Your local newspaper frequently contains reviews of both new or long-established restaurants. It may also cover stories about upcoming events, new museum and gallery exhibitions, changes at major attractions, and unusual or interesting things cropping up in your city. Clip articles or keep a running list of things you want to do and places you want to visit.
Local Book Stores
Check the local and regional interest sections of your local book stores as well as the travel section. In addition to the standard guide books for your area, you may find more specialized publications highlighting things like special walks or hiking trails, picnic areas, unique historical perspectives, or under-the-radar gems.
Neighbourhood Associations And Business Development Organizations
Historic neighbourhoods and commercial districts often have business development organizations promoting their area. Check the websites for these organizations. In addition to listing shops and restaurants, they will list special events. Many offer tours.
For example, in my home city of Winnipeg, Manitoba, Canada, the Exchange District, a 20-block National Historic Site whose heritage buildings are now home to shops, condos, restaurants, theatres, art studios, and nightclubs, offers a number of historical tours and food tours. Its First Fridays event sees artists open studios to the public one evening each month. Winnipeg’s Downtown Biz offers a number of culinary tours. Winnipeg’s West End Biz offers mural tours, culinary tours, and special tours.
Art organizations fund and highlight public art initiatives and promote other art events. Check their websites to find locations and other information about pieces of public art as well as information on other events. The council may also offer tours, often free of charge. I’ve enjoyed a couple of free public tours through the Winnipeg Arts Council. See my posts Four Winnipeg Public Art Installations, Art at the Library, and Garden of Sculptures in Saint Boniface.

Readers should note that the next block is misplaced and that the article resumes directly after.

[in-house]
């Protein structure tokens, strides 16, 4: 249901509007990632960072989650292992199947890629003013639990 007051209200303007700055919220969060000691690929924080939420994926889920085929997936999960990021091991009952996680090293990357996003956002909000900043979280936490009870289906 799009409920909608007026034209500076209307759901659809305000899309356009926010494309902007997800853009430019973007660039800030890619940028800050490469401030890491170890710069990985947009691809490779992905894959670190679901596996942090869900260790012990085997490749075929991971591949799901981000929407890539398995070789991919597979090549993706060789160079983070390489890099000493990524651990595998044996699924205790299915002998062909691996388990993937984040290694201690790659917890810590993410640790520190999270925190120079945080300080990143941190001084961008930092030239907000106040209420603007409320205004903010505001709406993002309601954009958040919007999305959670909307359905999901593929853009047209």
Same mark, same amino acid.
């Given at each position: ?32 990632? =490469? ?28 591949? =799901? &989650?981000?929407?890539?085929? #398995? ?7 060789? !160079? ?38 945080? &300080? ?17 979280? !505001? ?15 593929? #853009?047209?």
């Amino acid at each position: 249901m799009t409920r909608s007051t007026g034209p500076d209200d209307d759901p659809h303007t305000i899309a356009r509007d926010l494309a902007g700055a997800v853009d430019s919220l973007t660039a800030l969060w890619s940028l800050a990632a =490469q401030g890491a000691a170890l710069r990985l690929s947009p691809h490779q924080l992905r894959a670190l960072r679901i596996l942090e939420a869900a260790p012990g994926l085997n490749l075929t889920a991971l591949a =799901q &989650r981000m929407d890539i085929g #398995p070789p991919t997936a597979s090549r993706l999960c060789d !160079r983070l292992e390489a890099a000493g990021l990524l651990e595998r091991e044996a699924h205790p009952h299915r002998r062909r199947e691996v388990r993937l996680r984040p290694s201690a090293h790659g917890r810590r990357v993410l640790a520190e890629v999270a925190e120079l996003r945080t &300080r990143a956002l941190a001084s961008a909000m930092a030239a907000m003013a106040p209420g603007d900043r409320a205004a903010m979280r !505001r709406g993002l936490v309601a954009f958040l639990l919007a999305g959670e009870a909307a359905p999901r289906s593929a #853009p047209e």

Historical Societies And Heritage Organizations
Historical societies and heritage organizations occasionally offer tours or conduct lectures that might provide interesting background on a place you choose to visit. Their websites contain information on historical sites within your hometown. Check out their websites and you may find a map of historic sites and a self-guided walking tour or two.
Museum And Gallery Web Sites
Visit specific museum and gallery web sites directly to find out about current and upcoming exhibitions as well as any special programming they may be offering.
On Doors Open days or weekends, the public is invited to explore buildings not normally accessible to the public, take walking tours or special museum tours, and explore heritage and cultural institutions for free. You may see a part of your city not generally accessible and learn about other places to visit in more depth at another time.
Get recommendations from friends, local and otherwise. Occasionally we discover local gems through a visiting friend or family member.
Your Own Discoveries
Perhaps you pass by something on your daily travels that you’ve never stopped to explore. Have you ever wondered about the museum in that old fire hall or what the inside of that small heritage house-museum looked like? What intrigues or surprises you when visit a part of town you don’t typically frequent?
Happy hometown exploring!